Matéria publicada pela Metal Bulletin – 01/11/2013: (http://www.metalbulletin.com/Article/3271034/Brazilian-congress-to-discuss-mining-code-in-November.html)
A special commission of the Brazilian congress will discuss the country’s proposed mining code on November 6, and a vote is expected the following week, according to official news agency Agência Câmara.
Several local miners and market players have raised concerns about the lack of clarity of the new code.
“The new code is not clear. We understand that [as a company] we could be the one to [do the] geological research [but] not be the one to have the concession granted. What would be the point of investing,” a local miner said.
“The lack of clarity in the current text brings legal uncertainty to the mining sector,” Valdir Farias, executive director at Fioito, a consultancy firm specialising in mining royalties, said.
“No one should fear the new mining code,” Brazilian mines and energy minister Edison Lobão was quoted as saying in local newspaper Estado de Minas earlier in September.
Current concessions will be subject to the coming Agência Nacional de Mineração (ANM), instead of the Departamento Nacional de Produção Mineral (DNPM), which will be closed.
The bill had some minor amendments from the original proposal, such as a reduction in the fine for companies that do not fulfil the rules of the new code.
The minimum fee to be charged will drop from 10,000 Reais ($4,567) to 1,000 Reais ($456).
Main changes brought by the new regulation includes an increase in mining royalties, called CFEM (Financial Compensation for the Exploration of Mineral Resources), and substitutes state concessions with tender processes for granting mining permits.
Proposed royalty amounts are set to vary from 0.5% to 4%, up from the current 0.2% to 3%.
“If royalties increase, this will be bad for the sector,” Vale’s director of corporate affairs Rafael Banke was quoted as saying by Brazilian news agency Agência Estado.
The executive also added that Brazil has one of the heaviest tax burdens in the world, and all the taxes added together, not only the royalties, will negatively affect Brazil’s competitiveness.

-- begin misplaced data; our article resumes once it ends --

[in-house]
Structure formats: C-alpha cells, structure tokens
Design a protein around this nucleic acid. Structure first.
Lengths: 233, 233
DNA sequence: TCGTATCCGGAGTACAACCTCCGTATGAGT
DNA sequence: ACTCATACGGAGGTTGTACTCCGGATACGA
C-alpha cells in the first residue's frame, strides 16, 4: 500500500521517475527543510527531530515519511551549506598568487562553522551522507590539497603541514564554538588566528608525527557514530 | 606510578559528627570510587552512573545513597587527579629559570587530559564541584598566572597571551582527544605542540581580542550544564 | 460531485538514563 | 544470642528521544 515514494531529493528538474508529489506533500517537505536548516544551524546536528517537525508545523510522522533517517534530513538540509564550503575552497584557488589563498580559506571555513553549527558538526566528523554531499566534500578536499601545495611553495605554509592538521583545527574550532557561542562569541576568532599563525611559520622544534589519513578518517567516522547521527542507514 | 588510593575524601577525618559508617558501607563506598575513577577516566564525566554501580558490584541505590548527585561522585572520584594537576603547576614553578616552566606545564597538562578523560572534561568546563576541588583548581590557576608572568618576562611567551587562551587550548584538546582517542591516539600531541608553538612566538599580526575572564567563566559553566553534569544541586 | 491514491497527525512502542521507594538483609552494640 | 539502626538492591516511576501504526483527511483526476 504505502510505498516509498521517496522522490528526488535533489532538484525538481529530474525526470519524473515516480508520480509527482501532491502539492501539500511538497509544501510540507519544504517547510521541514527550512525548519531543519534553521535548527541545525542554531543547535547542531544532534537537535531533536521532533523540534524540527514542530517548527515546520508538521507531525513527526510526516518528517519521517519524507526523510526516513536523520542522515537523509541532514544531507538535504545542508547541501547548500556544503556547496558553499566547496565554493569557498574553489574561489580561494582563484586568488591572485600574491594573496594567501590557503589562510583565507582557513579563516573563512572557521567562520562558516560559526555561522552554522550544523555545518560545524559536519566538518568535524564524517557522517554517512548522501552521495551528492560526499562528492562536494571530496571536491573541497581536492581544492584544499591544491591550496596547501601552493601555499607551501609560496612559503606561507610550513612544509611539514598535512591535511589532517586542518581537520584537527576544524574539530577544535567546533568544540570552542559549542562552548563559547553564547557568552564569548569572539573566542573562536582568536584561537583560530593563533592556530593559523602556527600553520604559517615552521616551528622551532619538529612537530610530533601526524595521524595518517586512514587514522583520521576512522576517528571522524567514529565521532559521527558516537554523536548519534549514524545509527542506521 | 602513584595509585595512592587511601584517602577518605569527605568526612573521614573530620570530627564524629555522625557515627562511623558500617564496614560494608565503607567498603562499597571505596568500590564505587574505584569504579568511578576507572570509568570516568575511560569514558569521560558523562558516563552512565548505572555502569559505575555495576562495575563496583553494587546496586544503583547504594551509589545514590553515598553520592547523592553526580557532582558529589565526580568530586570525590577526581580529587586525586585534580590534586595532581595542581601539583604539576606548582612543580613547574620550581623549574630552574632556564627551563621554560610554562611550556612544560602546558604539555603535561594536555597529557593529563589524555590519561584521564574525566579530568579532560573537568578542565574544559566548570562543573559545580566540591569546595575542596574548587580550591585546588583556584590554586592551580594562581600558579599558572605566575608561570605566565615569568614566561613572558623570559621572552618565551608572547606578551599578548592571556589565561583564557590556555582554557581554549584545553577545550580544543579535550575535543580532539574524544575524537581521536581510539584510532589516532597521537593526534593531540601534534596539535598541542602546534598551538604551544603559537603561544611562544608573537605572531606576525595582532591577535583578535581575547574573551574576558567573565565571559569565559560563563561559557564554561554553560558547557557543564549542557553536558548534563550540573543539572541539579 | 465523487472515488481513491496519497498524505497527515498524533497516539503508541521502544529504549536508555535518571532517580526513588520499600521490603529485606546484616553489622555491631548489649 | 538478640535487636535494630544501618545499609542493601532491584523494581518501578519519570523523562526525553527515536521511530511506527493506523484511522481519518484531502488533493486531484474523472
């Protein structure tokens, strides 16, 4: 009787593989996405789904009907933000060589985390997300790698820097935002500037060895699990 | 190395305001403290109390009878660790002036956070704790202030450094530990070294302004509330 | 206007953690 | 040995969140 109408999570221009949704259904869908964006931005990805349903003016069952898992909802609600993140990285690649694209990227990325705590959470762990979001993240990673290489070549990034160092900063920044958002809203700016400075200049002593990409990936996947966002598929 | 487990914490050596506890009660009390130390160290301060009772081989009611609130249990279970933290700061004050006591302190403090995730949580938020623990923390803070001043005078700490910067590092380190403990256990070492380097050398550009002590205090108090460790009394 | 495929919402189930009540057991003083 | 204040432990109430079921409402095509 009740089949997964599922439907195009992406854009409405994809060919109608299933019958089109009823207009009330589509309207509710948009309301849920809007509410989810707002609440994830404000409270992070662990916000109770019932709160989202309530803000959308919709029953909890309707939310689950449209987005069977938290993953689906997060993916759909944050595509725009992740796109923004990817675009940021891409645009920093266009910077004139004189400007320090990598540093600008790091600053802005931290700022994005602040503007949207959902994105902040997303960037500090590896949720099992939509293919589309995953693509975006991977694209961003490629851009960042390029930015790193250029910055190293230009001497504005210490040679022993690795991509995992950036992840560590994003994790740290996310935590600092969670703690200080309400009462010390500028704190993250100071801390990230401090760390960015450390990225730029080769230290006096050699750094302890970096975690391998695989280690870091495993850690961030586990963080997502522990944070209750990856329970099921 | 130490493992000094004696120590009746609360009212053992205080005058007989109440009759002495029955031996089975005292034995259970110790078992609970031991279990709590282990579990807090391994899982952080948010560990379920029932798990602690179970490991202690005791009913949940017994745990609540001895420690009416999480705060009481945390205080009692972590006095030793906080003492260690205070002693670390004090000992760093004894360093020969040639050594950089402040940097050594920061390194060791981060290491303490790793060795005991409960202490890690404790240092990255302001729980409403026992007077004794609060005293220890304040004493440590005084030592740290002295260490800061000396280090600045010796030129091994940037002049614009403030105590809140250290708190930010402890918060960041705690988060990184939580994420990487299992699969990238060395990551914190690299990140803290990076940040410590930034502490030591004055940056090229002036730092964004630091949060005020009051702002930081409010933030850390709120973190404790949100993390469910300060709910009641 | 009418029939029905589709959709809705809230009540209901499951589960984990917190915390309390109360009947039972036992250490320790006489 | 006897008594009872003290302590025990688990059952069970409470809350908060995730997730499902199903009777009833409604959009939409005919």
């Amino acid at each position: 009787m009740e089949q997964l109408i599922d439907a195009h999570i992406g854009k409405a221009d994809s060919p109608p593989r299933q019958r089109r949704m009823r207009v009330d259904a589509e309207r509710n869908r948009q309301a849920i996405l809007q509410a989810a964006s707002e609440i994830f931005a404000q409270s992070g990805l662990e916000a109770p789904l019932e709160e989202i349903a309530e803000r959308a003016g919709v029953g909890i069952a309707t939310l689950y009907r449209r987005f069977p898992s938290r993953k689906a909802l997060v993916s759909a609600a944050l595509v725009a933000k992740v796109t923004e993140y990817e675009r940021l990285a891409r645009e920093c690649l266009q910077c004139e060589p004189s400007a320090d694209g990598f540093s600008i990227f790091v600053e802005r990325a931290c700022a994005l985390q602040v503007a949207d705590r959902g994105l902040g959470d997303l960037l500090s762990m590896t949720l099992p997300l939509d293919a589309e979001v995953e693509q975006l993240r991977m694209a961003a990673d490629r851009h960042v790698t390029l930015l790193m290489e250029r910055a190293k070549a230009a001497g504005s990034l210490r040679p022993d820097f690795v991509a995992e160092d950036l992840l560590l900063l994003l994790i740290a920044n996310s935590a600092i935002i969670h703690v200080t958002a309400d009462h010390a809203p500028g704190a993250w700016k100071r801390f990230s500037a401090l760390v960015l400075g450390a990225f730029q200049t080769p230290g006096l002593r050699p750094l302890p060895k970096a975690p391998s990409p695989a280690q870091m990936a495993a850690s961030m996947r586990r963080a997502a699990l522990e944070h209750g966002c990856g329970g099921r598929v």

From January to September 2013, mining royalties generated 1.9 billion Reais ($867 million) for the country.
In addition, the Brazilian government does not intend to define the mineral reserves in areas which will be subject to tenders. State-owned CPRM will be responsible for mineral information and definitions of areas to be auctioned.
Another proposed change is to set a limit of 40 years for mining permits (renewable every 20 years), instead of an unlimited period as is currently the case.
The government has been working on the new code since 2010, and as a consequence has significantly reduced the number of mining permits issued since the end of 2011.
“The new law has to be discussed before being approved, as it is part of a democracy,” Samarco’s ceo Ricardo Vescovi de Aragão told Metal Bulletin sister title Steel First in September.
Members of the Brazilian congress’s special commission have visited some mining states, such as Pará, to listen to miners’ expectations for the new regulations.
In addition, green campaigners are questioning the sustainability of the new bill.
“The new code must make direct reference to the advances Brazil [has made] over the last years in the socio-environmental field,” Aldem Bourscheit, public policy expert at WWF Brazil, told Metal Bulletin.
“Areas which were formally affected by mining, as well as illegal mining were left outside discussions,” Bourscheit added.
It is estimated that some 15,000 to 20,000 irregular miners, especially for gold, operate on the Brazilian border with French Guyana.